Then it hit. My son had forgotten that there was a switchblade knife at the bottom of his carry on backback. It totally was missed by the TSA on the way there. He did not know it was there the whole time. Teenagers- whatever.

The Israelis saw it just as we were ready to board the plane on X-ray.
They let us go with stern warning.

Anyway that kind of security in tightly controlled circumstance is not possible at the Boston Marathon. This fictional account is nonsense. Not only that but Israeli security measures at airports and other places would never be tolerated in the US and still some get though even there.



47 weeks ago
47 weeks ago Link To Comment
Israelis have a pretty good track record of nailing terrorists BEFORE they do any damage. A perfect record? No, but a very GOOD record.

They do this with behavioral profiling. It works. There's not one trace of racism about it.

Given the number of people who greatly desire to blow up Israelis for Allah, I'd say that anybody who dismisses Israeli expertise in this area is either a blithering idiot, or evil.


We should be learning from them and doing what they do.
46 weeks ago
46 weeks ago Link To Comment
I suppose you can lend some credence to these fantasies. puff pieces or whatever you want to call them if you suspend disbelief and acknowledge the heroics of an (antiwar) argentinian cowboy who miraculously saves the main witness from bleeding out (from a bloodless life threatening wound) close to two minutes post blast. Miracles be praised. And the cover photo op is a race to an emergency medical tent arteries, clenched in hand to stop the non bleeding of an individual who by all rights should be dead. I have serious disdain for people that ignore the obvious because of the propaganda backfill that diverts attention form same. It's so over the top that it insults each and every one of us.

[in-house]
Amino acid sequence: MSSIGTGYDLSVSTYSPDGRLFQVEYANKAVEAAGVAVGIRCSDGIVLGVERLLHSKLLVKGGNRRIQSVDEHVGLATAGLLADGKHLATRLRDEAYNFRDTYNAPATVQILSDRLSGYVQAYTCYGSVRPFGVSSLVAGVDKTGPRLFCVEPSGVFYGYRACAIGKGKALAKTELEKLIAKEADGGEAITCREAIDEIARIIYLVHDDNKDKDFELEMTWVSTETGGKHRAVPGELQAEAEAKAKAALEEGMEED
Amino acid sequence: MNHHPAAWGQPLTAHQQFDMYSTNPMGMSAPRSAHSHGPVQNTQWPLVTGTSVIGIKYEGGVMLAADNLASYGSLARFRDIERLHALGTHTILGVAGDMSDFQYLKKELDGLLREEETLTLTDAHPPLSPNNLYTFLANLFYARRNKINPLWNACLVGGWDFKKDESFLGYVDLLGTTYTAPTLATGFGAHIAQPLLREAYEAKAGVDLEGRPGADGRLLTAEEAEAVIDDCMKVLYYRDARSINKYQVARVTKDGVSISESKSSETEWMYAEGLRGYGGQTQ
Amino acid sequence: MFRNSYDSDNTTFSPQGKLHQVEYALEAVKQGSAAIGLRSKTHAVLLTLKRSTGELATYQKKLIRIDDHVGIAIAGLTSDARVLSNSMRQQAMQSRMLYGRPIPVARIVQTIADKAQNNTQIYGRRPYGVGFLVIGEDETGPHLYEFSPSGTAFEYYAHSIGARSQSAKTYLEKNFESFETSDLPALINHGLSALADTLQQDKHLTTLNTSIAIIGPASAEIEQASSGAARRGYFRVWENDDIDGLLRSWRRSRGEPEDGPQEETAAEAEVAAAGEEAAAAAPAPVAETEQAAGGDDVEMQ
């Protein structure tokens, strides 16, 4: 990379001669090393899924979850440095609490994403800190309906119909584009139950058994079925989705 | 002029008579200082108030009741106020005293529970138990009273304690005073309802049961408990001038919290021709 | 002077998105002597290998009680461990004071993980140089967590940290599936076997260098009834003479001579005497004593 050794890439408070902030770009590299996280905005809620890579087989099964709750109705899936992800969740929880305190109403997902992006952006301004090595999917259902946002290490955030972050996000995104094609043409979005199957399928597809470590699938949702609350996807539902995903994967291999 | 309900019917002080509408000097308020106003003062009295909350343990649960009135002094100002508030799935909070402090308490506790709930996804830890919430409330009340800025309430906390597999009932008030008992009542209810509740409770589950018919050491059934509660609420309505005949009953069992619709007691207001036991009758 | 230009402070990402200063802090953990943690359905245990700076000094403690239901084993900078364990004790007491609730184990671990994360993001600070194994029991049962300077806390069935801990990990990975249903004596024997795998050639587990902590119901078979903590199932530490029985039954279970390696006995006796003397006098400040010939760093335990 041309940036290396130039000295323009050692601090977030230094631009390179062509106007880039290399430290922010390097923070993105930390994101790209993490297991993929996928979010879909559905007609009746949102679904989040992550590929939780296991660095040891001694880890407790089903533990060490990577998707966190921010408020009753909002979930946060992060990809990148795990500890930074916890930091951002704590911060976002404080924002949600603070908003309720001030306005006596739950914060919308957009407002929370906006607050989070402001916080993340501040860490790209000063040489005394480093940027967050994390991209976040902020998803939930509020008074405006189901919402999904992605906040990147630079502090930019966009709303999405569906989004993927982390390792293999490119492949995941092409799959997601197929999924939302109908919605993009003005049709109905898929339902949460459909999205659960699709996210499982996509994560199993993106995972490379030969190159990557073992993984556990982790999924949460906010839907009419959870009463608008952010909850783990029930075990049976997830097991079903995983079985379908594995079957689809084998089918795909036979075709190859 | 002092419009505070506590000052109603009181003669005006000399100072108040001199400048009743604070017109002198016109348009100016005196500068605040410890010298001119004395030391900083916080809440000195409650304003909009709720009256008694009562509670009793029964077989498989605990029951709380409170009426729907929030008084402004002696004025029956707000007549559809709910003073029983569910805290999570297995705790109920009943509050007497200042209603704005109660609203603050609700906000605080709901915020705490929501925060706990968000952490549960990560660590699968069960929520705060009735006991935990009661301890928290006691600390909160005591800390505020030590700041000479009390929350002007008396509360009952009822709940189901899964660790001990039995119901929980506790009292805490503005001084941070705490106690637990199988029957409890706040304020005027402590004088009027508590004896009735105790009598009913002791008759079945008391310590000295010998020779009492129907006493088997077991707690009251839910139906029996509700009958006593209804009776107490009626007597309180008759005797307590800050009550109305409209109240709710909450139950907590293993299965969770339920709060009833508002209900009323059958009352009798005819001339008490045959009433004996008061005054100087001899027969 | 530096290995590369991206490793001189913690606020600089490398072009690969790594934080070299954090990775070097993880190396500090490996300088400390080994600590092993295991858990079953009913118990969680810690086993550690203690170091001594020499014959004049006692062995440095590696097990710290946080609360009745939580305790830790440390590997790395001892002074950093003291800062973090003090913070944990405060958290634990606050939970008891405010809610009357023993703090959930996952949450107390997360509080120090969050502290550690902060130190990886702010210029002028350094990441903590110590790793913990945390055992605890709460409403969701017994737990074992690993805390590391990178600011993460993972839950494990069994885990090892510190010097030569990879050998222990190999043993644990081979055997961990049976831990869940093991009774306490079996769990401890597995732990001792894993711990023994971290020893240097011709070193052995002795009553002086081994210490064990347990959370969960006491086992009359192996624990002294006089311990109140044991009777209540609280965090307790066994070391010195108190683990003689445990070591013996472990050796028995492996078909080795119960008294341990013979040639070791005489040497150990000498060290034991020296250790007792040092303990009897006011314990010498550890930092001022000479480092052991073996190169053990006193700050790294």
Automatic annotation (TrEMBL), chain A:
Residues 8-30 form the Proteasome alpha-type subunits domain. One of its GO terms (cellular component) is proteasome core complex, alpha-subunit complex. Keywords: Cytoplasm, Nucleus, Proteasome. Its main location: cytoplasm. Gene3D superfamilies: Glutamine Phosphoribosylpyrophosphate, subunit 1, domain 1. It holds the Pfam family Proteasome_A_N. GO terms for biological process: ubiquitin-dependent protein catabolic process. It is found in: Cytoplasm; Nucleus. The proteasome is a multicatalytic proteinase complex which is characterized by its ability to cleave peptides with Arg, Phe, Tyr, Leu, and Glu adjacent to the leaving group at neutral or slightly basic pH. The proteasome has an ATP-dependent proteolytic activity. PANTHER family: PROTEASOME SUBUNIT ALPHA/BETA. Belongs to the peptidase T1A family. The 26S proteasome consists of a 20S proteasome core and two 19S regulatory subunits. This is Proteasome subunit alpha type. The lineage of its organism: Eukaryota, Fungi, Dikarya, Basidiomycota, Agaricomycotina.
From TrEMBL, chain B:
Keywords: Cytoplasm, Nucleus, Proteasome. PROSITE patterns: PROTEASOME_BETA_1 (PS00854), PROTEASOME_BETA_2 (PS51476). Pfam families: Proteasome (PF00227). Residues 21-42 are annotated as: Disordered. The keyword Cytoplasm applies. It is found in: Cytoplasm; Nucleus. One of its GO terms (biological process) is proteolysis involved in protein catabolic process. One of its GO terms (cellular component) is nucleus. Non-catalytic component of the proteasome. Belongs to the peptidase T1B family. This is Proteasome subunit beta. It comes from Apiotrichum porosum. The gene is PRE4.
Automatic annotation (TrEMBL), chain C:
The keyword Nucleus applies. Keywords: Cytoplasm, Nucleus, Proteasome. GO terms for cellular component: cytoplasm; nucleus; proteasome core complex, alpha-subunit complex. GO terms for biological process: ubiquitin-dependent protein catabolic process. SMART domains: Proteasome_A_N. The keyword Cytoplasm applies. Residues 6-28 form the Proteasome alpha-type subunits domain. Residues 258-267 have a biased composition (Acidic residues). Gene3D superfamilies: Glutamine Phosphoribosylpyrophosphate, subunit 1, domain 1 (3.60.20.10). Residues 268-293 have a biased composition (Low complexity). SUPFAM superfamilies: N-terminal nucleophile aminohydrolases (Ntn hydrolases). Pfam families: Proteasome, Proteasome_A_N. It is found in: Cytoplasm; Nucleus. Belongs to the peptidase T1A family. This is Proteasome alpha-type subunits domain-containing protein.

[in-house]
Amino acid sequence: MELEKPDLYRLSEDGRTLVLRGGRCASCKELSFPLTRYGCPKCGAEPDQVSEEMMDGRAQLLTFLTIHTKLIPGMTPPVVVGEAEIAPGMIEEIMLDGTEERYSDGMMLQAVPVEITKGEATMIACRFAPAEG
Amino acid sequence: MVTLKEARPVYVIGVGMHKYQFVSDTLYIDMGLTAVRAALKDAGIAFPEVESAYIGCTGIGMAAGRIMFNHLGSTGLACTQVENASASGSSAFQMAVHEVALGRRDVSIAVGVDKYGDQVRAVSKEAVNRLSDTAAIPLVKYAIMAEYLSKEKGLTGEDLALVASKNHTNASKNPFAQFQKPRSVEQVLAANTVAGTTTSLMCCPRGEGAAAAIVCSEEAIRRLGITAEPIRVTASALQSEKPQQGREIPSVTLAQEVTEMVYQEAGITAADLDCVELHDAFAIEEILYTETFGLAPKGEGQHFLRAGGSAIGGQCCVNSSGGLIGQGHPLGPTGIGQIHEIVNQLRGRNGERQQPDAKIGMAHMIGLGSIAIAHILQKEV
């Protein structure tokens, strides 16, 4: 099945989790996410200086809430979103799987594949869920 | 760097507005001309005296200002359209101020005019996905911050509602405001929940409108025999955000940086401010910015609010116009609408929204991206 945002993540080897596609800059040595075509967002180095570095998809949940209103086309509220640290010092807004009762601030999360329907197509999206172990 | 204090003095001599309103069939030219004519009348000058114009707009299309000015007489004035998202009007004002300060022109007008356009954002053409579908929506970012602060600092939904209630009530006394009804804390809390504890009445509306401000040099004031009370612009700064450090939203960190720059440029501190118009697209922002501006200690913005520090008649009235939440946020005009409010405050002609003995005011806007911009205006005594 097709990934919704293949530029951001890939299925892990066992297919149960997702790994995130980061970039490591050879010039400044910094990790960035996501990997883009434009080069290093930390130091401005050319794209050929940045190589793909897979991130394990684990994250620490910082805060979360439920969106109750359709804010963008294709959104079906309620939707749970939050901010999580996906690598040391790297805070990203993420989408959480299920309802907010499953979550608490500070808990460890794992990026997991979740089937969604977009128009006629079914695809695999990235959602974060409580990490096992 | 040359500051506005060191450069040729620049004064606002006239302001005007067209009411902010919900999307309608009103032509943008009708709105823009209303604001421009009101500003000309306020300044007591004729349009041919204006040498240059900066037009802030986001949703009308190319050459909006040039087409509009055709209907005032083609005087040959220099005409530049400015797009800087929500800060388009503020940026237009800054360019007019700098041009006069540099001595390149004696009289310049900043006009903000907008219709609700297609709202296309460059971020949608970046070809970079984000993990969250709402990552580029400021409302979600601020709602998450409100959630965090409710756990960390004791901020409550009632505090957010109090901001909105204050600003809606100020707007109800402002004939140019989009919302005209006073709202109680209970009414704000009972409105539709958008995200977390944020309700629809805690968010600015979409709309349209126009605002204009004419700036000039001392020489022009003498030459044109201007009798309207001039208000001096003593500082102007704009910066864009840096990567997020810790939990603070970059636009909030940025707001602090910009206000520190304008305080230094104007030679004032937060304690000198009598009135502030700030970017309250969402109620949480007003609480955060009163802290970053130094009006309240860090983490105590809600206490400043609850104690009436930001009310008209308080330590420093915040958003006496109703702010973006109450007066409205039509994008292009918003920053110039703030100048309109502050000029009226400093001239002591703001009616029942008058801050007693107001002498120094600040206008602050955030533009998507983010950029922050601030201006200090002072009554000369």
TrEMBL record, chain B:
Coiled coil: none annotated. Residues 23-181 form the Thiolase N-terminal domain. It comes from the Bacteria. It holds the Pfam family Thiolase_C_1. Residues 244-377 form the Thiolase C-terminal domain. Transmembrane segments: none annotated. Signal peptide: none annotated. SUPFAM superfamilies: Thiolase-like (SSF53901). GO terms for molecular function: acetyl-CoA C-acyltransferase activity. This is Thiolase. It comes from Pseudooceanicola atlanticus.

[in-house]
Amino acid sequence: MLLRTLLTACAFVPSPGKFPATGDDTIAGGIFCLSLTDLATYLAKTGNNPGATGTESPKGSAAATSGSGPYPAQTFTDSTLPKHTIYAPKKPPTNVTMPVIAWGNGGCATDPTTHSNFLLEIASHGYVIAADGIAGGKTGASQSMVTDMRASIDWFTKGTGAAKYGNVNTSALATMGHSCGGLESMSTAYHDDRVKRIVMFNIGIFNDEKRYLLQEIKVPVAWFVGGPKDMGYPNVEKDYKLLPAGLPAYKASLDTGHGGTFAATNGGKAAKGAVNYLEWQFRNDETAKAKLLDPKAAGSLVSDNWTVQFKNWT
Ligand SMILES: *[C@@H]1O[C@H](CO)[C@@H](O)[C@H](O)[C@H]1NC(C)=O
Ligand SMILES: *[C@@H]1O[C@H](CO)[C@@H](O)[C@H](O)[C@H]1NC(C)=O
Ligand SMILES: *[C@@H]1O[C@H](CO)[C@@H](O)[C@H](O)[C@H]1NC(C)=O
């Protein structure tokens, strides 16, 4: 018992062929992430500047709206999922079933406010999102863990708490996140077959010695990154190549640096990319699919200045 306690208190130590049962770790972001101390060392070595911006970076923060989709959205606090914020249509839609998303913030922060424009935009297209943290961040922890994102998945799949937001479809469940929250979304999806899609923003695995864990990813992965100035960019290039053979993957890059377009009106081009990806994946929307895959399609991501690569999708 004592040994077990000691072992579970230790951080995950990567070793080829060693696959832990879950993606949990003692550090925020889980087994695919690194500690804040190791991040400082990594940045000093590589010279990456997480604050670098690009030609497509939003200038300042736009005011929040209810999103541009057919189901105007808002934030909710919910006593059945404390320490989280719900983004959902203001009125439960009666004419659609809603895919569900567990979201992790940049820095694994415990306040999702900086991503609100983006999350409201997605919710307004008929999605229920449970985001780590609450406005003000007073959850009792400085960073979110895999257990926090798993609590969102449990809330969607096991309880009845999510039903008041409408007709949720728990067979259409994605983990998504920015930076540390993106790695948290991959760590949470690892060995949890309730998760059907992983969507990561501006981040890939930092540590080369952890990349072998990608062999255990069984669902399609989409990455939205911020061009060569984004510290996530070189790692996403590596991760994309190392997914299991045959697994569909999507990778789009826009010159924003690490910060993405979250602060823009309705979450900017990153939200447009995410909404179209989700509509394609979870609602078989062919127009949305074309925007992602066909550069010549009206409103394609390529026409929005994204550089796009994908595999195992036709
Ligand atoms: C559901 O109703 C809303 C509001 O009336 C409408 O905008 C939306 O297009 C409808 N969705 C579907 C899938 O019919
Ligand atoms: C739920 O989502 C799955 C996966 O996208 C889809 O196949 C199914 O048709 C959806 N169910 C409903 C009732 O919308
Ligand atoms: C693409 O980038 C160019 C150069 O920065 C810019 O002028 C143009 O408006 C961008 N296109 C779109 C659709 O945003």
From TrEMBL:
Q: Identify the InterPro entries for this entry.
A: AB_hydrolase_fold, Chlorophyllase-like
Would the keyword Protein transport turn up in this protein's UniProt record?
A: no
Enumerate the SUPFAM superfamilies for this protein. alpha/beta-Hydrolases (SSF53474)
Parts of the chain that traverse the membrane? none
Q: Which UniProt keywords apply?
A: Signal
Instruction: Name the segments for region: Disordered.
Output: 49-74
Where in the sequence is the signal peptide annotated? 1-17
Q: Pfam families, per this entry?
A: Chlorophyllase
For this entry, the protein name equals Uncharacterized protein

47 weeks ago
47 weeks ago Link To Comment
I think any 5 year old that watches the Sesame Street's 'One of these things is not like the other' can probably sniff out perpetrators in a crowd. The problem is as you stated Mr. Dunphy - profiling scares the hell out of our otherwise effective police departments.

It doesn't seem to scare Sheriff Joe Arpaio and his well trained deputies - the mere presence of seems to cause illegal immigrants (can I say that???) to pull their hoodies up around their heads in 90* weather and start to sweat.

Multiculturalism is going to get us all killed.
47 weeks ago
47 weeks ago Link To Comment
Please read the US Supreme Court case called Terry VS Ohio, which deals with "reasonable suspicion". This case is also known as "stop and frisk". This case law was decided long ago - it is NOT "profiling", and is an accepted law enforcement tool.
47 weeks ago
47 weeks ago Link To Comment
Please read the US Supreme Court ruling called Terry Vs. Ohio. This case
has to do with the issue of "reasonable suspicion". This case is also known
to law enforcement officers as "stop and frisk". The issue was decided long before I entered law enforcement in the early 1970's, and it is NOT "profiling".
47 weeks ago
47 weeks ago Link To Comment